the return of the magic

I walked out of the light into the damp night and could breathe again. An old hill wind was flying fast and winter-hearted over the valley, bringing forest wildness to the hill where I stood. I smelled mustiness and wet pine; I remembered walking barefoot through that forest, and listening to its whispered songs in the night as I lay amongst the roots of my big, pale house.

In that moment of faraway, I felt very close to myself, the self I had been all those decades ago.




The older I get, the more I think back to my childhood and the stronger my sense memories from that time feel. Memories of smell and texture and heartbeat. When I was seven and taken out of the forest into suburbia, I felt magic slip away from me as if it was a weave of woodland tendrils that could not thrive amongst concrete. But almost forty years later that dirt magic and faery music return now and again in the wind, the wet nights. It's almost as if I grew into intelligent sensibility ... and now I'm starting to grow beyond it, into something reminiscent of the instinctual, wild, wordless enchantment of childhood.

Why do we guide our children out of their magical connection with the supernatural world? Why do we make them sensible and straight, at least until they're old enough not to care and fear anymore and can reclaim their wild selves? We so dearly need fairy-whisperers, wish-makers, dreamers, dancing spirits, for our teen and adult communities. We need the magic itself.



9 comments:

  1. Oh the beauty of your words. I can feel that wind, that forest you speak of.

    I wish too that children could stay magical, discover their own unique gifts, ways of reading the world. I feel I lost myself quite quickly during my school years as I tried to fit in, tried to be what was considered smart and good. No one spoke of intuition, of listening to the trees, the sky, seeing the beauty of things. It was much later that I allowed myself to discover those things.

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  2. So beautiful. My strongest, most powerful childhood memories all involve trees and earth. One of the main reasons we moved here was so that E could have access to the same things. She may adore her X-Box but she still asks to go to the pine woods. xx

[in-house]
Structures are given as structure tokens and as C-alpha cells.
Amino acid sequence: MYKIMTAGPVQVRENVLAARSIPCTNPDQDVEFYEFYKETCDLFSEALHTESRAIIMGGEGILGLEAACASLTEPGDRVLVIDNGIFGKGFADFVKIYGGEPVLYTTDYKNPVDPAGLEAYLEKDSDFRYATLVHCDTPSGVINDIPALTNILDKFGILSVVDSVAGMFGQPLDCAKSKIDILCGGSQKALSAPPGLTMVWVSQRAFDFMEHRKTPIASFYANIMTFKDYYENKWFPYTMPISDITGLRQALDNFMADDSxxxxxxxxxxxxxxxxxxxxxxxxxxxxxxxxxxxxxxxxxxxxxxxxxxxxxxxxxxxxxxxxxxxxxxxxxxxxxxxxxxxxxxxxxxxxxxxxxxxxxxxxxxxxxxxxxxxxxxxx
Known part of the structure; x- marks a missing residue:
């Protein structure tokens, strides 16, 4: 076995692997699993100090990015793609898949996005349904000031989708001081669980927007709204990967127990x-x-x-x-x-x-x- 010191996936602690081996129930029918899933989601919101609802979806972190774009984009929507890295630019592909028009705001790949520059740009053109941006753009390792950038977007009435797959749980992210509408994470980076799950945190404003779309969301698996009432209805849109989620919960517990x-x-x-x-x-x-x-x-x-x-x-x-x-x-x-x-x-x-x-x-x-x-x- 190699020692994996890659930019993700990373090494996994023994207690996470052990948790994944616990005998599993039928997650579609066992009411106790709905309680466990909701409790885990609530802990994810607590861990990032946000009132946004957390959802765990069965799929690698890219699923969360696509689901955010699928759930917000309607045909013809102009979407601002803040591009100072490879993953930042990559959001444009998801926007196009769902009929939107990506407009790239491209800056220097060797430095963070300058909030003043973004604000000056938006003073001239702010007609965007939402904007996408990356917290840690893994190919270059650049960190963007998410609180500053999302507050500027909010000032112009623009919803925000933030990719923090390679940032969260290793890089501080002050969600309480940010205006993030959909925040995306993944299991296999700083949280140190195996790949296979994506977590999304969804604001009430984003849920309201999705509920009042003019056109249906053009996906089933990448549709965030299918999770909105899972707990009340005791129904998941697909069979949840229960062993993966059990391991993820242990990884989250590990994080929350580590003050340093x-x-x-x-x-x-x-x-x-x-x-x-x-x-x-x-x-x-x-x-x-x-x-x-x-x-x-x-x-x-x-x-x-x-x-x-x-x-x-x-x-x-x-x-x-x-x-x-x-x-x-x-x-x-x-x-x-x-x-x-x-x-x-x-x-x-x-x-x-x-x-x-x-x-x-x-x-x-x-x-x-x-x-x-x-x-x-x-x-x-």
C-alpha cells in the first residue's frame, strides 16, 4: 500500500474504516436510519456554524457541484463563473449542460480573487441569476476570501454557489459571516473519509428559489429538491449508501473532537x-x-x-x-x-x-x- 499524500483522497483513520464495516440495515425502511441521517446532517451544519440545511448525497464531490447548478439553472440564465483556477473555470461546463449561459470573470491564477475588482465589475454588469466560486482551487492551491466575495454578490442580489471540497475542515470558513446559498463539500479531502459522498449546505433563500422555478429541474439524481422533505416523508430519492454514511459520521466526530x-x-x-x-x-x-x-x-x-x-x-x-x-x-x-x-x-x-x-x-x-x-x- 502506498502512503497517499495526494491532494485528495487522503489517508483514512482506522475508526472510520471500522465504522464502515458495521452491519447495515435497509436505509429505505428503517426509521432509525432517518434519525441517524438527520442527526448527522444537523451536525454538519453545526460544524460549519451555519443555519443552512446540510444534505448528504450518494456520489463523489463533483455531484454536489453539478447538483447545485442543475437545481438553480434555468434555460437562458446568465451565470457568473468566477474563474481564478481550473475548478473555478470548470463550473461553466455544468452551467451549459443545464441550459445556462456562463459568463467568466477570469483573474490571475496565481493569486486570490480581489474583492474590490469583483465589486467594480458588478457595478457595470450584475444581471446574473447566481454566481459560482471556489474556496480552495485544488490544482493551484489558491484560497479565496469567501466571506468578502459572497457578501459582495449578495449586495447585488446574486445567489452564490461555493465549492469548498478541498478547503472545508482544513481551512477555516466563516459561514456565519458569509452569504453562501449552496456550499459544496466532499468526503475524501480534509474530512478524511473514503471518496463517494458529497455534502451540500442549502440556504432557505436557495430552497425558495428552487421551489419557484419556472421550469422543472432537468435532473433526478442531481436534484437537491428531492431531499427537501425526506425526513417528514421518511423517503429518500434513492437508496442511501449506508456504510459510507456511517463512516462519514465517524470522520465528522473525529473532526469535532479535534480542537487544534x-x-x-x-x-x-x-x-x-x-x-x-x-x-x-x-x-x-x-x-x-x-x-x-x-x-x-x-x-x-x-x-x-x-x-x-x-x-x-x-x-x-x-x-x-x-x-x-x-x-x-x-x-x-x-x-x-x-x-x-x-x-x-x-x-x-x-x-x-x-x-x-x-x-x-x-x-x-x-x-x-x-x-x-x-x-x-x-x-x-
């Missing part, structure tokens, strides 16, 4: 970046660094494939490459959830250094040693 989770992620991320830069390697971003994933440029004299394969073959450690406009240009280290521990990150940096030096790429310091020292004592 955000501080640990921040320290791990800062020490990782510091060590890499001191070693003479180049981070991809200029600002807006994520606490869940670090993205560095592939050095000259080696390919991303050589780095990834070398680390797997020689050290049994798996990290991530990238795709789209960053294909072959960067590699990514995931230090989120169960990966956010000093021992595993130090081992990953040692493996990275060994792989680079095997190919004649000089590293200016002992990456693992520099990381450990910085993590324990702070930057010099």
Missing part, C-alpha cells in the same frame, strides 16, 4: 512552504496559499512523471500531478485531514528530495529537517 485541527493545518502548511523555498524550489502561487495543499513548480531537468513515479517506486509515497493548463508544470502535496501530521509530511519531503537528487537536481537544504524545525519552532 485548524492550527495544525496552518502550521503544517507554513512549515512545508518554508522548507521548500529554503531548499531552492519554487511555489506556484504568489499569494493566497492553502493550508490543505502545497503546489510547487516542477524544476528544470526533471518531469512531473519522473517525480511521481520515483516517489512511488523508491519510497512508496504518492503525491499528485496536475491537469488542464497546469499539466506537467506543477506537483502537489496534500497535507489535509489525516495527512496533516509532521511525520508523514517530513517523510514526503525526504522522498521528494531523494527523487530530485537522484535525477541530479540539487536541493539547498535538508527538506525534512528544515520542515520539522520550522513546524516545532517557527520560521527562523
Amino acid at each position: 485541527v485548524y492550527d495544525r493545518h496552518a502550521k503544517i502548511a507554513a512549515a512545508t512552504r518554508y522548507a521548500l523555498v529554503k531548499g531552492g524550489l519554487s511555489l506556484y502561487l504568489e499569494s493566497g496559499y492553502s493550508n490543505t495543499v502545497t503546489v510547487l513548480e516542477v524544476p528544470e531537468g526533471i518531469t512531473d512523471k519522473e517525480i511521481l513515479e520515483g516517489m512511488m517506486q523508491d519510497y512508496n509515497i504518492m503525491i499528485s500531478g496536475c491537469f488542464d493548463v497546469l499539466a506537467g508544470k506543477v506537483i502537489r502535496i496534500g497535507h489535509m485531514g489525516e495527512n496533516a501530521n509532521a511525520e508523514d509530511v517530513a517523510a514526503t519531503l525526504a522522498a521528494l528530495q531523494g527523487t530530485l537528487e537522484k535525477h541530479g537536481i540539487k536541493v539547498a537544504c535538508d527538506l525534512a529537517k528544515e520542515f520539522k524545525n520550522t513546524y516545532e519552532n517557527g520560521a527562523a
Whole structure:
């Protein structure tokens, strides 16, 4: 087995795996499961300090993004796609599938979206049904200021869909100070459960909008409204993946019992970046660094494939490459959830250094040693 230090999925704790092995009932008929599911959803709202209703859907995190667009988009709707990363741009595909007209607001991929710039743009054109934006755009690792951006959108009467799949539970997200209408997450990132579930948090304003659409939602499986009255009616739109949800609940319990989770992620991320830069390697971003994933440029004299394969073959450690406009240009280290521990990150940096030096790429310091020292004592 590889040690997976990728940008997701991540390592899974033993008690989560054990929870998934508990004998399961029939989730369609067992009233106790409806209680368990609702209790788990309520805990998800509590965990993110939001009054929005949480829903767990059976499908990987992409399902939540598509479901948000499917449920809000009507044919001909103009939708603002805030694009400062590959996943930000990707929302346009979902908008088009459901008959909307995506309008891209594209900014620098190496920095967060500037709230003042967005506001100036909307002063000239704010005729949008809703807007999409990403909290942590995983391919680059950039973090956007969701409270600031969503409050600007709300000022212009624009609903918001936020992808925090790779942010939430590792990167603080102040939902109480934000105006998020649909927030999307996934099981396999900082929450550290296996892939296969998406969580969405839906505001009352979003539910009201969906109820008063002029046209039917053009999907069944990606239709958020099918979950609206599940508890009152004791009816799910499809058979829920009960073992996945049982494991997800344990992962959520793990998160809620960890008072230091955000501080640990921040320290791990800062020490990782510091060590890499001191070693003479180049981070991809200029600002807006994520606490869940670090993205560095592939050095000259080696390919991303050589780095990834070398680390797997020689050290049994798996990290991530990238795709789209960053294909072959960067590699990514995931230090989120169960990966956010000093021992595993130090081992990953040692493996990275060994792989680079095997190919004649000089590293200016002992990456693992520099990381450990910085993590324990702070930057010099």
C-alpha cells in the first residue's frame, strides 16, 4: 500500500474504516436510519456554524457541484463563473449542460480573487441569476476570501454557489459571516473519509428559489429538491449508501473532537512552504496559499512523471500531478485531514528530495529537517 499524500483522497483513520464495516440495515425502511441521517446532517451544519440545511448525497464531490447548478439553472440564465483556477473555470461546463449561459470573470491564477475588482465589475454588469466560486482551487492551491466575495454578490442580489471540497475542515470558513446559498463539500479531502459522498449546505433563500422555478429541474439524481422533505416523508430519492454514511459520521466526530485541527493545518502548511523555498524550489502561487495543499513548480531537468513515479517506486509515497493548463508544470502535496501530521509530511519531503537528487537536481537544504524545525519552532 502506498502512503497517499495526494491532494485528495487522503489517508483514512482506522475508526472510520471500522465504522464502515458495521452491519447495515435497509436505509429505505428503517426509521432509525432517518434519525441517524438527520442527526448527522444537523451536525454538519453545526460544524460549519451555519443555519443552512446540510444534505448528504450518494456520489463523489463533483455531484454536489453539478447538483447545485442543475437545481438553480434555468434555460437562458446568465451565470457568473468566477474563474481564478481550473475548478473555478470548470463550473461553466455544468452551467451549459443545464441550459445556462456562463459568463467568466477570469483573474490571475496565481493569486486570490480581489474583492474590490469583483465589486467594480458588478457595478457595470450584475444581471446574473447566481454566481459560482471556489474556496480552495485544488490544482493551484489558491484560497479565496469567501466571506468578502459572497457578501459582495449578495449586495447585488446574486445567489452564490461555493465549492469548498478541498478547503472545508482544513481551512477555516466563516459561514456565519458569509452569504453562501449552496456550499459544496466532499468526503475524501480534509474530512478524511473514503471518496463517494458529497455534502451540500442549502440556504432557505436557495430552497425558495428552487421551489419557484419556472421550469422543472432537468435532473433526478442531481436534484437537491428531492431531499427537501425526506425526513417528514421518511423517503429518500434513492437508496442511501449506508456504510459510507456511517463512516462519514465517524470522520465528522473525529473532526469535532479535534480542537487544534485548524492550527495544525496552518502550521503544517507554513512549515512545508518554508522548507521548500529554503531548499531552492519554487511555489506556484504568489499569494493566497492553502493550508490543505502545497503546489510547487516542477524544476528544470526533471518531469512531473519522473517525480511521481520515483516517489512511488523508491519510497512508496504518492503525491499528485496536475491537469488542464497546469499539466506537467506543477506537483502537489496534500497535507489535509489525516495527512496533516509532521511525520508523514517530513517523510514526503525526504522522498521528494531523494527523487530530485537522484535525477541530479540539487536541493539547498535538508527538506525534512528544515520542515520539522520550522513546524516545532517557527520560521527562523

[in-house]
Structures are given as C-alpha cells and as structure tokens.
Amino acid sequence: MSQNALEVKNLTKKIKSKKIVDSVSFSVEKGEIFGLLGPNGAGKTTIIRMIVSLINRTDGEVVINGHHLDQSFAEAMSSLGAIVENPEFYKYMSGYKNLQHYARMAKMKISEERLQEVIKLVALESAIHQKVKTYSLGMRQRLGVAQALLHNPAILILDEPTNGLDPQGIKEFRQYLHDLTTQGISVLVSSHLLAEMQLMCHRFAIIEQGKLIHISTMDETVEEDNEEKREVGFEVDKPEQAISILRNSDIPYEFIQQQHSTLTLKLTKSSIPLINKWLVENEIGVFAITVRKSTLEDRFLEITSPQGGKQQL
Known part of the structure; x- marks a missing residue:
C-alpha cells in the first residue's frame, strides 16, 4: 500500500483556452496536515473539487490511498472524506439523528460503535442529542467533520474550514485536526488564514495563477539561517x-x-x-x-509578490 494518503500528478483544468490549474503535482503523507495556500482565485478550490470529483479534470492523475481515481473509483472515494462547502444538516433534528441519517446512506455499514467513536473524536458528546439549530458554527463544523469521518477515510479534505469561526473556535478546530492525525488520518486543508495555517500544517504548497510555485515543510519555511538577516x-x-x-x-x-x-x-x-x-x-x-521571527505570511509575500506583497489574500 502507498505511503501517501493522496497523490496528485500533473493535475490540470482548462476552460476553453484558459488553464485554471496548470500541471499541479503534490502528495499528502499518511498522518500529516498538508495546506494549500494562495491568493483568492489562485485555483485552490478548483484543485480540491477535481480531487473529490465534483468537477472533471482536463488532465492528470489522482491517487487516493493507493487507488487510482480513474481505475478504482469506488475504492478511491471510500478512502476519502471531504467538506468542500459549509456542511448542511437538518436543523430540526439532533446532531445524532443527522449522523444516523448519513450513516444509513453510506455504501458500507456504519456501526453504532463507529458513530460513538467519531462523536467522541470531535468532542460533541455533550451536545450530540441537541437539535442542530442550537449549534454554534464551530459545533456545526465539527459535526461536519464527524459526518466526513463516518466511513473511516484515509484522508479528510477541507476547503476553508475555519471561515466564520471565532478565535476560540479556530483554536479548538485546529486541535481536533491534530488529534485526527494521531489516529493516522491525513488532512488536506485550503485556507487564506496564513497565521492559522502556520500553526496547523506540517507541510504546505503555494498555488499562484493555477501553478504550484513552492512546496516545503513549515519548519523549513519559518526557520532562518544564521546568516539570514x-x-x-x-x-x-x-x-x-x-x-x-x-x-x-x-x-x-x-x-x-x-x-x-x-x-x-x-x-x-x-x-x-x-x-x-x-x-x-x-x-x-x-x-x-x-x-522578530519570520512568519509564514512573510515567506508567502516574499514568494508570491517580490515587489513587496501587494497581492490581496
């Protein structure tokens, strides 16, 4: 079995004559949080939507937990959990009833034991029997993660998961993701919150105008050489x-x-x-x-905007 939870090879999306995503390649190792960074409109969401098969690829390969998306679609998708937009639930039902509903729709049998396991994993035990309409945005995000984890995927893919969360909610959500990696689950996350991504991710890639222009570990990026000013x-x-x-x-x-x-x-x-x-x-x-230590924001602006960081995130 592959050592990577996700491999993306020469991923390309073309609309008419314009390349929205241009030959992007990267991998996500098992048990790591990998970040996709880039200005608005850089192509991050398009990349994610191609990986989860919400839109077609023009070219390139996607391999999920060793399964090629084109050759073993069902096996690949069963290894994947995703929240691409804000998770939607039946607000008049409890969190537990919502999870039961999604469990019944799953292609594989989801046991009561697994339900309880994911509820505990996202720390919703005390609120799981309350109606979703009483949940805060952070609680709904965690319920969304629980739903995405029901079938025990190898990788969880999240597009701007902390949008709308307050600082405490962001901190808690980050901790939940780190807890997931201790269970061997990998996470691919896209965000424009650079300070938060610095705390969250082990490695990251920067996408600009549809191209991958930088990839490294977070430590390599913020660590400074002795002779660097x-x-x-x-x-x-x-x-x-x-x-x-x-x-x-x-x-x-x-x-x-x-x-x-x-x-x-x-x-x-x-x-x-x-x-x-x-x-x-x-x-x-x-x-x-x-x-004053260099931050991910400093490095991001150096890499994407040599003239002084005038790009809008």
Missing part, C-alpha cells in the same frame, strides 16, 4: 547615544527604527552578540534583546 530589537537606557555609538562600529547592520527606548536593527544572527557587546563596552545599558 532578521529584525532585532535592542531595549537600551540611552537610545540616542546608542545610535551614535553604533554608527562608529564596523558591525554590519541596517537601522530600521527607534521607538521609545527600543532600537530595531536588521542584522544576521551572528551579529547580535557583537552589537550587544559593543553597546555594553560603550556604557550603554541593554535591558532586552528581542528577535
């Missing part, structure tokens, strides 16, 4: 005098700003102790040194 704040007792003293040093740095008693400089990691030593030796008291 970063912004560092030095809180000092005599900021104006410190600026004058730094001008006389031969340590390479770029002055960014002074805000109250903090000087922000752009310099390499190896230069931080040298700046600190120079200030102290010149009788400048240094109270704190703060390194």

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  3. A thought-provoking post Sarah. I spent most of my childhood in the world of make-believe - for the most part my family lived in towns with only houses, shops and city streets for my playground - then in my teens we moved to a small village where we had a wild garden with a stream running through it and a few yards away a wood, which we called a spinney. This was then my playground where adventures were played out and I ran wild. It is only since I have reached maturity that I have really begun to appreciate my surroundings, nature and the seasons - it is never too late.

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  4. So beautiful! I do love wild moments like the one you've described where one can step out at night into the wind and be immersed in the land. The happiest moments in my childhood where those full of magic, rivers, hills, forests and fields of wild flowers. I constantly reach back to those things for balance, insight and groundedness.

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  5. i so agree. i grew up in a rural area and cannot imagine an urbanized upbringing. we need to be grounded in our beings through experiencing the natural world. i think it's absolutely critical for children.
    how lost i would have been---would be now---without the wild magic of trees, dirt, stones, plants, clouds, watercourses...earth and sky feel like they are scarce in cities.

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  6. Thank you so much for all your lovely comments. But you are all such sensible women, and I must confess I did not mean "the wild magic of trees etc." I meant actual magic - fairy magic if you will, soul magic, or simply the supernatural. :-) But perhaps I am too strange ... ;-)

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  7. I absolutely agree with our words today Sarah. Why is it we cease to believe or do more to encourage our children to believe. I have always been closely connected to my child self and held tightly to her. The magic, the longings, everything. If people think that's strange, I'm confused, because to me it's strange to think that others don't have these same longings in their souls. We can try to 'grow up' and hide them away, but that doesn't mean they are not there.
    hugs....

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  8. no, you are right, the fairy magic---the otherworldly---too...we need that so much. only that i came to it through being grounded in trees etc, as much as anything else. plant spirits, earth magic, ancestors reaching out, talking to trees and walking with animals...children know these things. we should help them NOT to forget, not to set aside the magic!

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